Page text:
# Conservation of energy and fricion

• haha01hah
In summary, the conversation is about a homework assignment to calculate the distance a car will travel before coming to a stop on a steep road. The car starts with a speed of 2m/s on a 35 degree inclined road and then travels on a straight road with a friction constant of 0.08. The height difference between the top of the hill and the straight road is 133 meters. The conversation also includes a question about whether the initial potential energy term can be omitted in the calculation. The solution is that since the initial point is already at the top of the hill, the potential energy term can be canceled out.
haha01hah

## Homework Statement

Got an assignment from the teacher to present a problem I have made by myself and show how I have done it, so I have no answer to refer to in this particular question. Anyways,

A car is pushed so that it gains a speed of 2m/s just off a steep road, which has an angle of 35 degrees from the ground. Assume the friction constant is 0.07 from the top to the bottom of the hill. After the steep road, the road is straight. Between the tires and the ground on this straight road the friction is 0.08. The difference in height is 133 meters (from the straight ground to the top of the hill). Assume no force other than the friction that is working against the motion. I want to calculate the distance before it stops.

So I have calculated the speed at the bottom, which is 49,3 m/s. But, to calculate the distance the car needs to stop I use;

$$1/2mv^2+mhg=1/2mv_0^2+mgh_0+W_R$$

Ok, now to my question;
I know that I should cancel out the first two terms (1/2 mv^2 + mgh), but am I allowed to calcel out $$mgh_0$$ because I don't anymore do use the height difference, given that I already calculated the speed at the beginning of the straight road?

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## The Attempt at a Solution

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Last edited:
Sure. If you started at the top of the hill as your initial point, and used the end of the motion as your final point, then you'd have to include the initial PE. But since you did it the other way, you can omit the PE terms on both sides.

## 1. What is the law of conservation of energy?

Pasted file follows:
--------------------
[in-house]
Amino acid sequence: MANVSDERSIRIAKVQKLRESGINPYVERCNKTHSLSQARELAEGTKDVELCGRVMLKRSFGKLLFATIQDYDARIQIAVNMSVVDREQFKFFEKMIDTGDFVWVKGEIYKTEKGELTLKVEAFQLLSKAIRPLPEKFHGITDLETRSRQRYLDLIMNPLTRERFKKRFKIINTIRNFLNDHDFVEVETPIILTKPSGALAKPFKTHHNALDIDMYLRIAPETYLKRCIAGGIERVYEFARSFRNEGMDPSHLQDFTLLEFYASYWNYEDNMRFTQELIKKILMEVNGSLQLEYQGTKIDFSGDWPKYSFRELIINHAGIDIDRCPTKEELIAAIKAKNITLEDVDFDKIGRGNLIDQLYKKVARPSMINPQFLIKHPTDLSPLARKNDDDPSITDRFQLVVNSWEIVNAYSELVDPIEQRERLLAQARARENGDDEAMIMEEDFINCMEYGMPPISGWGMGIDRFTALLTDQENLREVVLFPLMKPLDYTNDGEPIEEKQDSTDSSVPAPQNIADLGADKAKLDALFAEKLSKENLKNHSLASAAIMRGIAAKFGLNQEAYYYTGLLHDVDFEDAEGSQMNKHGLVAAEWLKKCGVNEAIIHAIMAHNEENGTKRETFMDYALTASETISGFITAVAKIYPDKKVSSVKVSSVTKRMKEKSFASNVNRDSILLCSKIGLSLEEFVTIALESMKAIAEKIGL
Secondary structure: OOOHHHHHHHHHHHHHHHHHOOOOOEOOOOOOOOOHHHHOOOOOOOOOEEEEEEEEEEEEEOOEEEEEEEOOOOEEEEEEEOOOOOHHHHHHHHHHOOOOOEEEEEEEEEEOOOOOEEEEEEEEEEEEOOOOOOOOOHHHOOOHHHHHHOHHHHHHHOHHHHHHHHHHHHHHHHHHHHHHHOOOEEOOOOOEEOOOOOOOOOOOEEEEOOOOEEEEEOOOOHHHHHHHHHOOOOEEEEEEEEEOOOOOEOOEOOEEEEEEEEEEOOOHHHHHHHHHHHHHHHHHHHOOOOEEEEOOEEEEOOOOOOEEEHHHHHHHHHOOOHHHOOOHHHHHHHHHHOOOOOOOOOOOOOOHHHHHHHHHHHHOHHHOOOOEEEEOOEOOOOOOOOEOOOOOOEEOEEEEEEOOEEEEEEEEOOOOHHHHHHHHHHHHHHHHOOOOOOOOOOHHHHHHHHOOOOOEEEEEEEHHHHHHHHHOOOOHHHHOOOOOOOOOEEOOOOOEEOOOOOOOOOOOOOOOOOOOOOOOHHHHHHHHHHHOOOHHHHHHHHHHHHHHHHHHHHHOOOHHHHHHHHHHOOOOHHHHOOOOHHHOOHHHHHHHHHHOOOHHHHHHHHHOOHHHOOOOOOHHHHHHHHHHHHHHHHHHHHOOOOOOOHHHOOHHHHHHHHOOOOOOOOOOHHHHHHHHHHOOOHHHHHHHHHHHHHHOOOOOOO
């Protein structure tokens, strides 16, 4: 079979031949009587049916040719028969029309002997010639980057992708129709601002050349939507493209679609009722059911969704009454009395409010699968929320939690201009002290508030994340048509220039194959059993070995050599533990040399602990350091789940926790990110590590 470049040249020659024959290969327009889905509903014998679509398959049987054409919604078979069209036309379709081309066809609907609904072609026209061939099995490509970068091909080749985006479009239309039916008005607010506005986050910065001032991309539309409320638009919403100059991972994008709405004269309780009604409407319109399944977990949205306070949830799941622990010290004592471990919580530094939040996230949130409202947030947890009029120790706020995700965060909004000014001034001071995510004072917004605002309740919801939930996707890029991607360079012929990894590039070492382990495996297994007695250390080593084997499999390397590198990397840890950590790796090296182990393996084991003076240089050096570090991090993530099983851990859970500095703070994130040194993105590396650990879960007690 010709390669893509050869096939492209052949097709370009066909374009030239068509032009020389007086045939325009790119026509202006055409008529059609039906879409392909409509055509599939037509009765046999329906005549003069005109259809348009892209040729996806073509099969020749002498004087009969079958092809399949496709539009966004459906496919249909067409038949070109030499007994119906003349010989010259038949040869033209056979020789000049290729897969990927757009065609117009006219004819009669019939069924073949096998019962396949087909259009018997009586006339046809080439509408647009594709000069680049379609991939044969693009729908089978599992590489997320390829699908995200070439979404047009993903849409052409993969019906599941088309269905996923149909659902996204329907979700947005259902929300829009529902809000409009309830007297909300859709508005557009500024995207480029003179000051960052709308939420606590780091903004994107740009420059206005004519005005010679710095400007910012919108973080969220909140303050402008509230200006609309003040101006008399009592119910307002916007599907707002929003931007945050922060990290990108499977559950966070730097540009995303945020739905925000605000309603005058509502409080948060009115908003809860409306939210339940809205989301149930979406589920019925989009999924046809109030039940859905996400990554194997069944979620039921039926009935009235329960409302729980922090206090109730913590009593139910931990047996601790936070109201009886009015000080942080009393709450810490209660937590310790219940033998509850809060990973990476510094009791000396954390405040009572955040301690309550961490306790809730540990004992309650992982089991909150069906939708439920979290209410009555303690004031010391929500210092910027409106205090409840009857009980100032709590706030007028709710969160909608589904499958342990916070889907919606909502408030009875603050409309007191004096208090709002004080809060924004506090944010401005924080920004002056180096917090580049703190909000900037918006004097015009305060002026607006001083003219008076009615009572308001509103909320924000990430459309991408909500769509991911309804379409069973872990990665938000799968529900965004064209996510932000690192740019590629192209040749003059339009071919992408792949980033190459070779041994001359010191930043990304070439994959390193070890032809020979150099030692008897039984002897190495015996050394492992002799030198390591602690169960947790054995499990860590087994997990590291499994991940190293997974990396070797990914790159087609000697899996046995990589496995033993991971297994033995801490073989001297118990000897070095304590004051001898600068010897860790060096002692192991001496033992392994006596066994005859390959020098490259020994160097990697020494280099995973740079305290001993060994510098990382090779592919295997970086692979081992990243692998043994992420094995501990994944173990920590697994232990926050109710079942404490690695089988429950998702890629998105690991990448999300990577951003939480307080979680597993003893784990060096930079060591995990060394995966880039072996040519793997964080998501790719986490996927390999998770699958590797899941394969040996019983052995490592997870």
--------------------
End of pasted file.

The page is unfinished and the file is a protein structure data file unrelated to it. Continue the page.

The law of conservation of energy states that energy cannot be created or destroyed, only transformed from one form to another. This means that the total amount of energy in a closed system remains constant over time.

## 2. How does friction affect energy conservation?

Friction is a force that opposes motion between two surfaces in contact. When an object experiences friction, some of its kinetic energy is converted into heat energy, resulting in a decrease in the total amount of energy in the system.

## 3. What is the role of friction in energy conservation?

Friction plays a crucial role in energy conservation by converting some of the kinetic energy of moving objects into heat energy. This helps to slow down the object and prevent it from gaining too much momentum, thus conserving energy in the system.

## 4. How can we reduce the effects of friction on energy conservation?

One way to reduce the effects of friction on energy conservation is by using lubricants or smoother surfaces to reduce the amount of contact between moving objects. Another way is to design systems with lower frictional forces, such as using ball bearings or air cushions.

## 5. What are some real-world applications of energy conservation and friction?

Energy conservation and friction have many real-world applications, such as in the design of efficient machines and engines. Friction is also important in everyday activities like driving a car or riding a bike, where it helps to slow down and control the motion of the vehicle.

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